The West Wing: Season 1

Yes, I know.

I am way late to this party. But jonesing for more Aaron Sorkin, I do love The Newsroom, I thought I would try out The West Wing. I couldn’t get into it when it aired simply because I didn’t much care for politics. Now, I find it a much more fascinating subject, so thanks to Amazon, I have all seven seasons, in an awesome boxed set, to work my way through.

The series had me from the get first episode, I love the way the dialogue snaps, how fast it is, how idealistic it can be, how it embraces the faults, the follies, the foibles and the triumphs not only of people but, in this case, a nation.

The series is set in the West Wing of the White House, with a democratic president, Bartlet (Martin Sheen) seeing over the nation.

The series doesn’t focus exclusively on the president however, it follows the interactions, the politics and the lives of the President’s senior staff.

There is Rob Lowe, who plays Sam Seaborn who serves as the Deputy Communications Director.

Allison Janney as C.J. Cregg, Bartlet’s Press Secretary.

Dule Hill as Charlie, the Personal Aide to the President.

Richard Schiff plays Toby Ziegler the Communications Director.

bartlettThe incredible John Spencer is Leo McGarry, the President’s Chief of Staff.

A favorite of mine, Bradley Whitford takes on the role of Josh Lyman, the Deputy Chief of Staff.

The first season cast is rounded out with the lovely Marlee Matlin, Timothy Busfield, Moira Kelly, Jorja Fox, Janel Moloney, Stockard Channing, Tim Matheson, Kathryn Joosten and Elisabeth Moss.

Every one of the cast bring their A-game to the series, and it raises the performance of every one of the actors around them. This is an amazing cast, and they all have so much to do all the time. There are so many great story threads, character moments, and perfect little beats that can make you laugh, or wipe away a tear.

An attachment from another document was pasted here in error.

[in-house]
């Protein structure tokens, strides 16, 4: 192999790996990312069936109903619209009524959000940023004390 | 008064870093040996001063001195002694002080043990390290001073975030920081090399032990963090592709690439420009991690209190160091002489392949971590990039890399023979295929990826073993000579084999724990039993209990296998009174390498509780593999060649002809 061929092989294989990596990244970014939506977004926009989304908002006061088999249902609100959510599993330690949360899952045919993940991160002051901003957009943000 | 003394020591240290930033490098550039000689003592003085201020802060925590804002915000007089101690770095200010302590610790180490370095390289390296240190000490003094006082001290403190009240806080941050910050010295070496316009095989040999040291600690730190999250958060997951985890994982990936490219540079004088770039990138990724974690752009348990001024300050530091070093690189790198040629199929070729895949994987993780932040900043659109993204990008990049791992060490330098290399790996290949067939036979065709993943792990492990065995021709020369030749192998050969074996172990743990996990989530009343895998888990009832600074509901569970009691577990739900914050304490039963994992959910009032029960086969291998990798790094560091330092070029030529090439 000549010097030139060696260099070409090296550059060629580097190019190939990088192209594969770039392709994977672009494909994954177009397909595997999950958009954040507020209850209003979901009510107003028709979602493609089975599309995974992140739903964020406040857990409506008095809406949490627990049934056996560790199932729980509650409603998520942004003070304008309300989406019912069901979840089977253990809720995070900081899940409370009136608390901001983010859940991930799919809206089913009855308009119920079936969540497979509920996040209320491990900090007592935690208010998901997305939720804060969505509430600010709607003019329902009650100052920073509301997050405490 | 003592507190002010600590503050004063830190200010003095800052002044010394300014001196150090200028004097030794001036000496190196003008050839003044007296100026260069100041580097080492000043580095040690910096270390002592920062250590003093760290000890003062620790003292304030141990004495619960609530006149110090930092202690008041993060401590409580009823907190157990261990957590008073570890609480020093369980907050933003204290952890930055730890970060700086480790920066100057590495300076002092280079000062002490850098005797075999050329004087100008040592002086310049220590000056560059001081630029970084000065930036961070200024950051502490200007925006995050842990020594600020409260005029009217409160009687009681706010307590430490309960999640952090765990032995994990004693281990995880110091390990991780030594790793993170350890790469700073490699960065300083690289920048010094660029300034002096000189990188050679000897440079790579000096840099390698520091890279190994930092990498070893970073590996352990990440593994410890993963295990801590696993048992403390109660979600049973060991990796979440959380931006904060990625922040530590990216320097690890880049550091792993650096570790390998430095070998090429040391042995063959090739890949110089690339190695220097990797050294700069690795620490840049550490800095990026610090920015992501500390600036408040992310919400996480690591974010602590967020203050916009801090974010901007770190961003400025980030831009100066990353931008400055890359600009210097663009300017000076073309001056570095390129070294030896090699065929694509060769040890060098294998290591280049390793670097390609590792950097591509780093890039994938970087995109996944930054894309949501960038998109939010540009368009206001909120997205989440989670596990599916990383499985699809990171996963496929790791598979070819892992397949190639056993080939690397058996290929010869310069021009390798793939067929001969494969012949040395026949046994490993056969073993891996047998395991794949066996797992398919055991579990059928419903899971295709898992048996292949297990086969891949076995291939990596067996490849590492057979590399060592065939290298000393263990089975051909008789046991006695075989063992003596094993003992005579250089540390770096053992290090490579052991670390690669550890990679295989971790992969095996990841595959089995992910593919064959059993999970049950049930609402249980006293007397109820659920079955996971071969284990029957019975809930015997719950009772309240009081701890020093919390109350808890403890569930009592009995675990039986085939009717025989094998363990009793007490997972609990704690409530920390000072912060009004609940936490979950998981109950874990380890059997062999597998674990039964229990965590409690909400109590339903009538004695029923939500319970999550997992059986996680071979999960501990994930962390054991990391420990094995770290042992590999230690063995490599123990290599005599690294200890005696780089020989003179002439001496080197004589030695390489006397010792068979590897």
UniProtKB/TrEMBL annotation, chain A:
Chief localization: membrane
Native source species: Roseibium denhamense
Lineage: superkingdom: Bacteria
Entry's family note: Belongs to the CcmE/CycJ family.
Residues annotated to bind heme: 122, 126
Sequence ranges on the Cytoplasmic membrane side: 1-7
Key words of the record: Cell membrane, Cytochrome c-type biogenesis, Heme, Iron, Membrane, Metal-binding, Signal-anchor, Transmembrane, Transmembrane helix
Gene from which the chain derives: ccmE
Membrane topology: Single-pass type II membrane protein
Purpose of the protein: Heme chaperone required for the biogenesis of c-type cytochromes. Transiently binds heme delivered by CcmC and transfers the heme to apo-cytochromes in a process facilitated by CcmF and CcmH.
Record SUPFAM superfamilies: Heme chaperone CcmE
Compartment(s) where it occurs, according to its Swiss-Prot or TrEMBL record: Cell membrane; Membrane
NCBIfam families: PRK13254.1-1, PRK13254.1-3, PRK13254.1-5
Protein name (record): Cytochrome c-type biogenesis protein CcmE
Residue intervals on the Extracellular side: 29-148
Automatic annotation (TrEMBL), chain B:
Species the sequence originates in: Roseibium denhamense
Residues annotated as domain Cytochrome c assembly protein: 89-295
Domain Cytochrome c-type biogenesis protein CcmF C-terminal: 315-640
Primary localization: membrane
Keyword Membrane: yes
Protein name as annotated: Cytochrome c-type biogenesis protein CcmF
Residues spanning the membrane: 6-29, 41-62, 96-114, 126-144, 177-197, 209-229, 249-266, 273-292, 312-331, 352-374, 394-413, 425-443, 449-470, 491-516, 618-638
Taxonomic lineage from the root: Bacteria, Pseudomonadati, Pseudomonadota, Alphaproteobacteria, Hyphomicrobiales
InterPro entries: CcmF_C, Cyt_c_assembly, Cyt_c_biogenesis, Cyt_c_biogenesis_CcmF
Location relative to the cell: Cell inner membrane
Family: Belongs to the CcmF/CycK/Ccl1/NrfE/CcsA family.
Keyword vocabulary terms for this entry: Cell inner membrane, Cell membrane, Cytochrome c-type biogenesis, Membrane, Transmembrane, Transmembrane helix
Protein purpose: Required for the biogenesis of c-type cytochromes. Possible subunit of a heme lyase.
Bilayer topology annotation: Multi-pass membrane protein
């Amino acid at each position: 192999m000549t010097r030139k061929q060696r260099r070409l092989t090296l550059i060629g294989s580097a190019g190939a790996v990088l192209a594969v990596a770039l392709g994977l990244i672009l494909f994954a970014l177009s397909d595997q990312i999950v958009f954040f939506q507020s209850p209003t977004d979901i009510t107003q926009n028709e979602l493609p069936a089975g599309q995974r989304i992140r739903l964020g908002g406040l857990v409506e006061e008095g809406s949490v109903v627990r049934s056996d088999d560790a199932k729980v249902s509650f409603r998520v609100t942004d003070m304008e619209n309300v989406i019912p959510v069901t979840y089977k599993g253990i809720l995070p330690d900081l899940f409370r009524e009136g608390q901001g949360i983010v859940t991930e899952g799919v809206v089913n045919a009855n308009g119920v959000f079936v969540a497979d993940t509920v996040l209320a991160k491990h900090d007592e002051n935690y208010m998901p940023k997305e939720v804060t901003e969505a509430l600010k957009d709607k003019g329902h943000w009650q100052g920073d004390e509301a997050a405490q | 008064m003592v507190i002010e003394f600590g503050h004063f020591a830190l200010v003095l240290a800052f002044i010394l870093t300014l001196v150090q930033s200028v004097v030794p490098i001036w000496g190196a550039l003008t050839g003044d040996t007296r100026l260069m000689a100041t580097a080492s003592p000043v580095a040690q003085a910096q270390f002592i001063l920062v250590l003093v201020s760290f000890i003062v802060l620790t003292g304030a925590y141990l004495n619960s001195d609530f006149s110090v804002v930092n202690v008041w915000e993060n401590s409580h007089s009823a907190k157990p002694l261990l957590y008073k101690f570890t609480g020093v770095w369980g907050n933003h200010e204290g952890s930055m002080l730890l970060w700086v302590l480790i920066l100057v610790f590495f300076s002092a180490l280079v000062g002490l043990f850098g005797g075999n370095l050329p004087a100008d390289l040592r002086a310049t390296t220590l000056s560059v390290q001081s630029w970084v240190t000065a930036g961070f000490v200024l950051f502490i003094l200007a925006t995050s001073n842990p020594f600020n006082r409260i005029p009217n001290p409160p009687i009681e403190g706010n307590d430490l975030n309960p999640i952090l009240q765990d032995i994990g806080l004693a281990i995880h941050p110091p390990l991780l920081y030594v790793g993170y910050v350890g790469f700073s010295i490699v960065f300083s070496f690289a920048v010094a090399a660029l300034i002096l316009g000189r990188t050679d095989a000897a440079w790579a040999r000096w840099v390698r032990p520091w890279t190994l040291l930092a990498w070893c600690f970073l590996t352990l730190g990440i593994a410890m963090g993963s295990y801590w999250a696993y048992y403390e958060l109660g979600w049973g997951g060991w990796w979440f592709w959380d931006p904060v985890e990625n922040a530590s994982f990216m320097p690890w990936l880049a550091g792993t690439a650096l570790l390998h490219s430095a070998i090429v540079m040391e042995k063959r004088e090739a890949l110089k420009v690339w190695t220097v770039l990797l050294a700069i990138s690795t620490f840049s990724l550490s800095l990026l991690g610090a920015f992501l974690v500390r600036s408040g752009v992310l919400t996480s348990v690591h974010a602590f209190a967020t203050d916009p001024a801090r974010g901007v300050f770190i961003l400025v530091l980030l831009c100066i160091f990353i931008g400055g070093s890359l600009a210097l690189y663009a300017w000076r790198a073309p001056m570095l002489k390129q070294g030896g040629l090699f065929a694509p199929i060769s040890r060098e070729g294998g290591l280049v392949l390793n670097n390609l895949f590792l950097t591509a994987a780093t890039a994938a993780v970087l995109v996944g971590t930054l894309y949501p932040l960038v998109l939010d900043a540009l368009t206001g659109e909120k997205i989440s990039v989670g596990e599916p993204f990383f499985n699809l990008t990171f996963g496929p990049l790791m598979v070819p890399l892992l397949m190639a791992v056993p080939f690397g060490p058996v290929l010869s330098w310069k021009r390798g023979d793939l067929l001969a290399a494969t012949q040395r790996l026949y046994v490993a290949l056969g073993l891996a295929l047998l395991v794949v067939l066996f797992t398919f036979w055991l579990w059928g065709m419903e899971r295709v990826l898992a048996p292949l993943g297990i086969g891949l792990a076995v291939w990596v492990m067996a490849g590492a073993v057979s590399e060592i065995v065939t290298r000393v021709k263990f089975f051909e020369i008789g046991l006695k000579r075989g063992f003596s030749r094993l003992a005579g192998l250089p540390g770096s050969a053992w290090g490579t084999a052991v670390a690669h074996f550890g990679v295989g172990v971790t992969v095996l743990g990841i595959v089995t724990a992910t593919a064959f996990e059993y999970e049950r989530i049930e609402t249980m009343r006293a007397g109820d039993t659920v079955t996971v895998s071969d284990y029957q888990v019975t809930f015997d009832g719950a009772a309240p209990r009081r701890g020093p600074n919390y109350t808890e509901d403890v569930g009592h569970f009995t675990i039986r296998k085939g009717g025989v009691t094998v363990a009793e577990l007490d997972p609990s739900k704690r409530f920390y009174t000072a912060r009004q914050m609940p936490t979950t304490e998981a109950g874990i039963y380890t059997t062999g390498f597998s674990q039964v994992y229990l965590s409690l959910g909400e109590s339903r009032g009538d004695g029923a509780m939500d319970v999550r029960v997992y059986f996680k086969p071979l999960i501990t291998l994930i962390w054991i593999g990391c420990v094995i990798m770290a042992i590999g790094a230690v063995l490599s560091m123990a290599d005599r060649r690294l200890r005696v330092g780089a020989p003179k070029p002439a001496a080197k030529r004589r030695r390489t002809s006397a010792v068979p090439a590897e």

The series takes on issues that still seem to be coming up today, school vouchers, flag burning, gays in the military, gun laws, separation of church and state, campaign funding, sex education, the death penalty, lobbyists, so many things that are still surfacing in politics today.

But it’s not all politics, there is humor and levity, watching these actors deliver dialogue that you know they must love delivering. You can’t help but become engrossed in the characters and the stories.

in_excelsis_deoWhile I’m sorry to have come to the show so late in the game, I’m glad that I have 7 seasons to marvel and enjoy. I know Sorkin leaves the show at the end of season 4, so I’m rather dreading that moment, but hopefully the show stays strong (no spoilers please).

The production design is amazing, and the series looks like a theatrical film each and every episode, this is some quality programming.

I love the look at politics, the way things play out in this world…

But most of all, it’s the characters, and the rat-a-tat-tat of the rapid fire dialogue that keeps drawing me in, making me smile, drawing a tear, and the fact that if the political animals that inhabit the jungles of our own world had the same intelligence and idealism that permeates this show, things could be different.

It’s inspiring.

I’m not saying I’m running for office, but I think I’m a little more engaged in the political world than I was.

And then, when I came to the end of the first season… wow! That is a cliffhanger!

An assassination attempt, with a credit roll before you know who’s been hit.

Season 2 is ready to hit my screens!

tww

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